On Monday I led a workshop for teachers on teaching with comics that included tips and project ideas, lesson plans, printables, free online comics, and free comic creation tools. In Wednesday’s blog post I shared the online resources I’ve compiled for using comics in the classroom, but I didn’t share any print books. Here are some professional resources to consider if you want to learn more about using comics in the classroom:
Teaching Early Reader Comics and Graphic Novels
by Katie Monnin
For teachers who want to use comics with elementary learners, this resource provides standards, lesson ideas, and reproducibles for students in Kindergarten up through 6th grade. Each section includes sample lessons and a bibliography of comics and graphic novels to use with students. Here’s an interview with the author from the Cynsations blog in which she talks about media literacy, teaching with graphic novels, and the companion book to this one for older students titled Teaching Graphic Novels: Practical Strategies for the Secondary ELA Classroom.
Using Graphic Novels in the Classroom Grd 4-8
by Melissa Hart
This book can be used with upper elementary and middle school students to help them analyze the graphic novel format and use that understanding to write and draw their own comics. Standards-based lessons are supplemented with graphic organizers and reproducibles.
Using Content-Area Graphic Texts for Learning: A Guide for Middle-Level Educators
by Meryl Jaffe
This is a resource to use with upper elementary and middle-grade students with a focus on using graphic novels as texts to convey content information. The book includes separate chapters for Language Arts, Math, Science, and Social Studies that include standards-based lesson ideas and bibliographies of recommended titles. Here are some online articles written by the author.
Comic-Strip Math: Problem Solving: 80 Reproducible Cartoons With Dozens and Dozens of Story Problems That Motivate Students and Build Essential Math Skills
by Dan Greenberg
Teachers of grades 3-6 who want to add a spark to their math lessons will want to consider this book, which introduces word problems with a silly comic strip that puts the math into context for the students. Don’t limit yourself to the reproducible pages here; use this as a springboard for your students to create their own comics and story problems!
Using Comic Art to Improve Speaking, Reading and Writing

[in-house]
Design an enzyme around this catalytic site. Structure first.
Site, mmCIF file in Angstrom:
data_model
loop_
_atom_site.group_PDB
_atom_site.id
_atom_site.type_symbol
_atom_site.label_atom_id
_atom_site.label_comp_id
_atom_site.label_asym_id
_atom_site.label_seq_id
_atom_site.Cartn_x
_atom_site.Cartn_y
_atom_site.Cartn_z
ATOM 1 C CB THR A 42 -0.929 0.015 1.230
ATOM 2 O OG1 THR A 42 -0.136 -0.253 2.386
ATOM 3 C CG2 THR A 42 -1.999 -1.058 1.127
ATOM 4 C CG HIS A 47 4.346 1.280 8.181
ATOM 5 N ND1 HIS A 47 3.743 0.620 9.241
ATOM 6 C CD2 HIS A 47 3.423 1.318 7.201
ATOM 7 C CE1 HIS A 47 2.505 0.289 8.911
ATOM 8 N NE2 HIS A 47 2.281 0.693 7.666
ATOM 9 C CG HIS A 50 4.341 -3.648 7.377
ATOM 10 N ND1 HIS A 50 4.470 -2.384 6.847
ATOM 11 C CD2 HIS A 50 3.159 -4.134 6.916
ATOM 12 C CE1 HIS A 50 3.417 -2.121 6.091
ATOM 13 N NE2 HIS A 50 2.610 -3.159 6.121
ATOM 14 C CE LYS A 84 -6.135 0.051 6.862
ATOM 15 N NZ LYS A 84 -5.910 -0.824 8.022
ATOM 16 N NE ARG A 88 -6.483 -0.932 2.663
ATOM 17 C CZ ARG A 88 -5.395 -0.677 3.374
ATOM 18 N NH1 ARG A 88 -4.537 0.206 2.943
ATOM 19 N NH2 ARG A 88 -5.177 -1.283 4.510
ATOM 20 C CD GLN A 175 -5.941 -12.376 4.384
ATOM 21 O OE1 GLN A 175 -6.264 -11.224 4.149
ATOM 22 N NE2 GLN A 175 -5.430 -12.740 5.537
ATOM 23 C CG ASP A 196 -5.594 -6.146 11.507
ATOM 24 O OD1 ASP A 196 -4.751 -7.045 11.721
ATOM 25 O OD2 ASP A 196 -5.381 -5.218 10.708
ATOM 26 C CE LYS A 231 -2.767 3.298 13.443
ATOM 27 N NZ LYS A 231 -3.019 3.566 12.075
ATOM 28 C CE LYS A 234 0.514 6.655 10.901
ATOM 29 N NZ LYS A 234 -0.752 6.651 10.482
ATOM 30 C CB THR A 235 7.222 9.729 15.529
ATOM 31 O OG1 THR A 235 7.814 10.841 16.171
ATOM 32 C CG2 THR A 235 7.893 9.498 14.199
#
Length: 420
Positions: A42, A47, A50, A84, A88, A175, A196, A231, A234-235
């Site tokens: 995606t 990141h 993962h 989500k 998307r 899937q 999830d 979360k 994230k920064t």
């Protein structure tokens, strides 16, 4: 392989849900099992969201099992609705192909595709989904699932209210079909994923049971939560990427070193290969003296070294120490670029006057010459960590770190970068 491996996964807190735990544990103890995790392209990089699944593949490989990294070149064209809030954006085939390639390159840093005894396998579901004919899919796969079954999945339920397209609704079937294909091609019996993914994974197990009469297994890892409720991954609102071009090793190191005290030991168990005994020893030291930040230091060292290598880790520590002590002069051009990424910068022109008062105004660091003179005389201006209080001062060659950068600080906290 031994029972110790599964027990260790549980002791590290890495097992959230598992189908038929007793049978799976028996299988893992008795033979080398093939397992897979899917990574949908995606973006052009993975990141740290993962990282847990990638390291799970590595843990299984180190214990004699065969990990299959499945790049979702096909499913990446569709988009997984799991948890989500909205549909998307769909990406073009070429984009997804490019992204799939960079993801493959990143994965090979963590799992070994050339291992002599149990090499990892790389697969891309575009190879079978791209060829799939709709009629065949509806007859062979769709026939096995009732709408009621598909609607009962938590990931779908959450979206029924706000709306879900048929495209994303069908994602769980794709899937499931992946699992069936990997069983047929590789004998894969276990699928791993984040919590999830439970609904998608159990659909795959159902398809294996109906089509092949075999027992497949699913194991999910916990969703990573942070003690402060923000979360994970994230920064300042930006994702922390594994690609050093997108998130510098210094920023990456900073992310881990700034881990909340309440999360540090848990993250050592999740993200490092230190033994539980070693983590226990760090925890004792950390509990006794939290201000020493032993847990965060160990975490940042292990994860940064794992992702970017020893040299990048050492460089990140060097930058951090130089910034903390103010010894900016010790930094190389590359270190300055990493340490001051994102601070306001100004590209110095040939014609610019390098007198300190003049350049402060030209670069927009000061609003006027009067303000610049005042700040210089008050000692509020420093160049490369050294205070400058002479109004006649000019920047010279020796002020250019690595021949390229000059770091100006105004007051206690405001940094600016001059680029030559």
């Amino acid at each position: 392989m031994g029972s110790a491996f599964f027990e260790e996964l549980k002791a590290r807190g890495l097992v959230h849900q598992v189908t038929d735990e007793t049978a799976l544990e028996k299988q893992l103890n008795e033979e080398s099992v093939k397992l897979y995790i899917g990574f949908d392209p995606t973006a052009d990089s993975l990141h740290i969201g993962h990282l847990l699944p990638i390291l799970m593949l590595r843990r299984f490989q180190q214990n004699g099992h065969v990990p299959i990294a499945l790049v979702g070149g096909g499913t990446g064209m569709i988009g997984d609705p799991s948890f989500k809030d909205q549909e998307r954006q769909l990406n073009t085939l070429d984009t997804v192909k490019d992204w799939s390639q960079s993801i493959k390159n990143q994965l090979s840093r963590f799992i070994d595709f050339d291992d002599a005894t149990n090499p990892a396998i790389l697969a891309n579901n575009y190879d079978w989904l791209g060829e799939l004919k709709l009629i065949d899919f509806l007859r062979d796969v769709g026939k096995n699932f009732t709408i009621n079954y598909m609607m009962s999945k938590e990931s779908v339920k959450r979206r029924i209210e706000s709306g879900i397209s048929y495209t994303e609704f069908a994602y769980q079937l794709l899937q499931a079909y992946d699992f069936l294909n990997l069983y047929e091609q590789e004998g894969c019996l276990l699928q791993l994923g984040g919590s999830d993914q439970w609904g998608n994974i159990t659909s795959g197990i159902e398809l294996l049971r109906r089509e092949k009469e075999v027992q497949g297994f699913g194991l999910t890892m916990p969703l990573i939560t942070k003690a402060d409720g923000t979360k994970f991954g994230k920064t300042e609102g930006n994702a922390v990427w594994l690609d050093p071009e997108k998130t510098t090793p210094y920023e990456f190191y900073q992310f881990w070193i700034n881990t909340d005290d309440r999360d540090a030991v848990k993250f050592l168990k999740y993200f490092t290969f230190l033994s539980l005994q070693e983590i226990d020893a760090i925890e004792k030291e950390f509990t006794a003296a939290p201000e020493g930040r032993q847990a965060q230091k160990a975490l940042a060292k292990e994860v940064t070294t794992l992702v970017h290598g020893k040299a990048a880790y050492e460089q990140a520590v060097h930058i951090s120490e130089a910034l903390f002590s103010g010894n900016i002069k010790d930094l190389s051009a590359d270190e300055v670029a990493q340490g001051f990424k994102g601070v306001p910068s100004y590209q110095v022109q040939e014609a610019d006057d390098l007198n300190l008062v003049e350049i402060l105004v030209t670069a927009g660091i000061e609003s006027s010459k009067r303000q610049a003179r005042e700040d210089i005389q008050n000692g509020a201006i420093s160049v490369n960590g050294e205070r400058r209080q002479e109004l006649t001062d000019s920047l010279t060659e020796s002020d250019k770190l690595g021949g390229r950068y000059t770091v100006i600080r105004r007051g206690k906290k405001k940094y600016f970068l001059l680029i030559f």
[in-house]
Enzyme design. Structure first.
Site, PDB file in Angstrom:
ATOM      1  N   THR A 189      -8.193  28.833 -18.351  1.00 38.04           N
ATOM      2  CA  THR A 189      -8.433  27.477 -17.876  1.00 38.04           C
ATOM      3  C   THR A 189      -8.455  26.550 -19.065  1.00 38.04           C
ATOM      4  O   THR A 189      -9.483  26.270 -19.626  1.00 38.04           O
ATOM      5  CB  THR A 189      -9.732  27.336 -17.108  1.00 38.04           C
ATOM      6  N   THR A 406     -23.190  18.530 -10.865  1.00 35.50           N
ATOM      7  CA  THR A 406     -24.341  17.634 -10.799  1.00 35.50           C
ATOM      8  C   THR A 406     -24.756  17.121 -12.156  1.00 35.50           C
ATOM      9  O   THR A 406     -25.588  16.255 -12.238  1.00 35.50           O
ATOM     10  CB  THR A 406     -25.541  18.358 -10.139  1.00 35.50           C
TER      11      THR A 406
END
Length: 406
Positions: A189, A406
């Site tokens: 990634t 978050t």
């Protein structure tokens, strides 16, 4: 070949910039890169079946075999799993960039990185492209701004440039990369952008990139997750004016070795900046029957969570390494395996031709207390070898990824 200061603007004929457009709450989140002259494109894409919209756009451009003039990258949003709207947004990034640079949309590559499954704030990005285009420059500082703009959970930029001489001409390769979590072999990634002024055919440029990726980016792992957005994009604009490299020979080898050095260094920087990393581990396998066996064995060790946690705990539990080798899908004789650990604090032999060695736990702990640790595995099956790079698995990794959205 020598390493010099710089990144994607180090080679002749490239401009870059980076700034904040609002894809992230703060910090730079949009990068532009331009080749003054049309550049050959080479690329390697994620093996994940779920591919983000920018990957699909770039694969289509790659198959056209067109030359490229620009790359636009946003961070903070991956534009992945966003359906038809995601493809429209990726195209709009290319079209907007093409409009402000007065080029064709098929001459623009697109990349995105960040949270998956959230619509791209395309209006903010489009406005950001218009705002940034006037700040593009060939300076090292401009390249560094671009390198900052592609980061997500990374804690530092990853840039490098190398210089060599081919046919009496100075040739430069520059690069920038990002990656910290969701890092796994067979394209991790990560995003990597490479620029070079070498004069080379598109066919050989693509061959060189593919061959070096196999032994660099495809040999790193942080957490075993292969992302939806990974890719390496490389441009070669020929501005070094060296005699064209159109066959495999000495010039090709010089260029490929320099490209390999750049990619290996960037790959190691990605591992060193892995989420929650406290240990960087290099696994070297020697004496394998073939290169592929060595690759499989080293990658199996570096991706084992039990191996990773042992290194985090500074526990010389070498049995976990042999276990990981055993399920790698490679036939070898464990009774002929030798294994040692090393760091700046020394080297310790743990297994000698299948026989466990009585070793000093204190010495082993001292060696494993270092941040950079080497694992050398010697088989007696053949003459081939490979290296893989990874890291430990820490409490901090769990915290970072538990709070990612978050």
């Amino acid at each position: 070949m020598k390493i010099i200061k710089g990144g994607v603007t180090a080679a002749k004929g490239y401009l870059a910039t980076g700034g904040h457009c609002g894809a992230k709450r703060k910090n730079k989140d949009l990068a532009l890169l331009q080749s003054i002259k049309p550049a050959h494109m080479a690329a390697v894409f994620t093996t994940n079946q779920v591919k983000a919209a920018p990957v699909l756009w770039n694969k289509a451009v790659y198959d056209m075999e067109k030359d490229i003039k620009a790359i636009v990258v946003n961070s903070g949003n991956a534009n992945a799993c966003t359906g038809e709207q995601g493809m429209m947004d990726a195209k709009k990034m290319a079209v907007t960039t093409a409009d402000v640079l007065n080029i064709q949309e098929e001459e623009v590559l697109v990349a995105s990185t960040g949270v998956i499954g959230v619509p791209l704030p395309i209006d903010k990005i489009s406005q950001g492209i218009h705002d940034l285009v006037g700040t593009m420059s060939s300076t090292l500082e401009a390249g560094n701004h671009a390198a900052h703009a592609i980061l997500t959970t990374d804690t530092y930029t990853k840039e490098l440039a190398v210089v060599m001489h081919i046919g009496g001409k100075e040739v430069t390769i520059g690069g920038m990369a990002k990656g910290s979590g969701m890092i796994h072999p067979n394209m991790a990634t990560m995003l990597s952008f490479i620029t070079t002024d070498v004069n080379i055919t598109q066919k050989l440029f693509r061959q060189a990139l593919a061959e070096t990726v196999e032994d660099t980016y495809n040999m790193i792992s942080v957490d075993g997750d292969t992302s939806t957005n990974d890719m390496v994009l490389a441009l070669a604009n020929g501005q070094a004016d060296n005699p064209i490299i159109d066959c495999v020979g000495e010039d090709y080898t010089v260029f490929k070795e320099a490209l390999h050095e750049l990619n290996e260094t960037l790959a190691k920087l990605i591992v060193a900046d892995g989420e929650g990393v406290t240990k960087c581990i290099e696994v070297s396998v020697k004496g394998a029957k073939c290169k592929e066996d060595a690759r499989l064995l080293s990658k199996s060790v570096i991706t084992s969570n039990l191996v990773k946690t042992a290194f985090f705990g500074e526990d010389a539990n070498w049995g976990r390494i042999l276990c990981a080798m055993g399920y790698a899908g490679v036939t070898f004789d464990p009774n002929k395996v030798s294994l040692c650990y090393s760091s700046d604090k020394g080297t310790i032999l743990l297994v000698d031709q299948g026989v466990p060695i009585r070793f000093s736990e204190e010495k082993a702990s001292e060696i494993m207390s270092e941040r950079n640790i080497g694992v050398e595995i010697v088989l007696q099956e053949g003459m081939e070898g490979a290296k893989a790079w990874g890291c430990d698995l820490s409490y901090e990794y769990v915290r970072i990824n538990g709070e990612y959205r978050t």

by Steve Bowkett
This book can be used in all classrooms to help students understand the writing and speaking process through what they know about comics and graphic novels, and to help them understand the concept of making pictures in their minds as they read text. It explains how comics offer the perfect condensed version of a story to illustrate writing conventions such as a strong opening and closing, a problem and a solution, creating suspense with pacing, etc. It also includes a section on non-fiction writing and a bibliography.
Teaching Visual Literacy: Using Comic Books, Graphic Novels, Anime, Cartoons, and More to Develop Comprehension and Thinking Skills
by Nancy Frey and Douglas Fisher
The focus of this book is on visual and media literacy, and explains how graphic novels and cartoons can spark thought-provoking discussions and lessons. It includes a chapter on political cartoons – which can be used in social studies classes- as well as chapters on picture books and films. These are not lesson plans, but rather essays and articles presenting background information, research findings, and advice for including visual literacy in the curriculum. The authors share additional resources at their website, Literacy for Life.
And here is my collection of online resources:
Do you have a resource to recommend? Please share it in the comments!
There are brilliant teacher resources at ToonBooks http://www.toon-books.com/common-core-guides.html as well as the marvelous online books for kids. Mouly is presenting half day session at ALA later this month.